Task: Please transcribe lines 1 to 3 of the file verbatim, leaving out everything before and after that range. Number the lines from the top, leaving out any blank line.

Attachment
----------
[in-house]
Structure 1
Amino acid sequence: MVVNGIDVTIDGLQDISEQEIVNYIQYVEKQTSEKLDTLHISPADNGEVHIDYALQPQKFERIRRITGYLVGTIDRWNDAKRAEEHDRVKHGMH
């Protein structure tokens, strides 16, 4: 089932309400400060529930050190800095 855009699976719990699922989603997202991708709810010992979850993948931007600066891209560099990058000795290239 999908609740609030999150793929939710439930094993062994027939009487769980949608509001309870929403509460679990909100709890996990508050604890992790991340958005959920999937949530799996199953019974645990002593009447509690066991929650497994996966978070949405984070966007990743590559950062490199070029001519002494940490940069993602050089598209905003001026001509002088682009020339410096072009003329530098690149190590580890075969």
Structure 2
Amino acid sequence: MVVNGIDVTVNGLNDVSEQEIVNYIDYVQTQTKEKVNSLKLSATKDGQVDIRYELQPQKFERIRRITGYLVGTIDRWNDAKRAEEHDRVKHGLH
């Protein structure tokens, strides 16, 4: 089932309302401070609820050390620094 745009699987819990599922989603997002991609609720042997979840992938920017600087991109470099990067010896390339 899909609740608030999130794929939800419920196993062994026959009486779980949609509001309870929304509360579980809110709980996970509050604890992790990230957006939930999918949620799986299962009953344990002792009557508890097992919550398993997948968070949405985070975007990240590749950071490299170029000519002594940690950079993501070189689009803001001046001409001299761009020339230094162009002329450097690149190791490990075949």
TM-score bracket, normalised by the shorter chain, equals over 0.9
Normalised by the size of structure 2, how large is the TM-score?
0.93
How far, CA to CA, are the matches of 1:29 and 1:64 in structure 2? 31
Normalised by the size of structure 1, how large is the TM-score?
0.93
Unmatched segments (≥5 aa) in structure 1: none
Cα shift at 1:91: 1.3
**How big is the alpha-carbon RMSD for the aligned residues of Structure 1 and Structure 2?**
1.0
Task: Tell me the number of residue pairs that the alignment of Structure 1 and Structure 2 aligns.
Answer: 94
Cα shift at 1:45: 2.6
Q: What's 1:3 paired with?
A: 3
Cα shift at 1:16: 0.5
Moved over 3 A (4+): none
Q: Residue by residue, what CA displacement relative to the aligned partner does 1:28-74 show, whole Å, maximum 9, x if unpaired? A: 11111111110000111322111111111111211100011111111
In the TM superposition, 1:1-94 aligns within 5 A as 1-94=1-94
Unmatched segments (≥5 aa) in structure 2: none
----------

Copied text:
[in-house]
Structure 1
Amino acid sequence: MVVNGIDVTIDGLQDISEQEIVNYIQYVEKQTSEKLDTLHISPADNGEVHIDYALQPQKFERIRRITGYLVGTIDRWNDAKRAEEHDRVKHGMH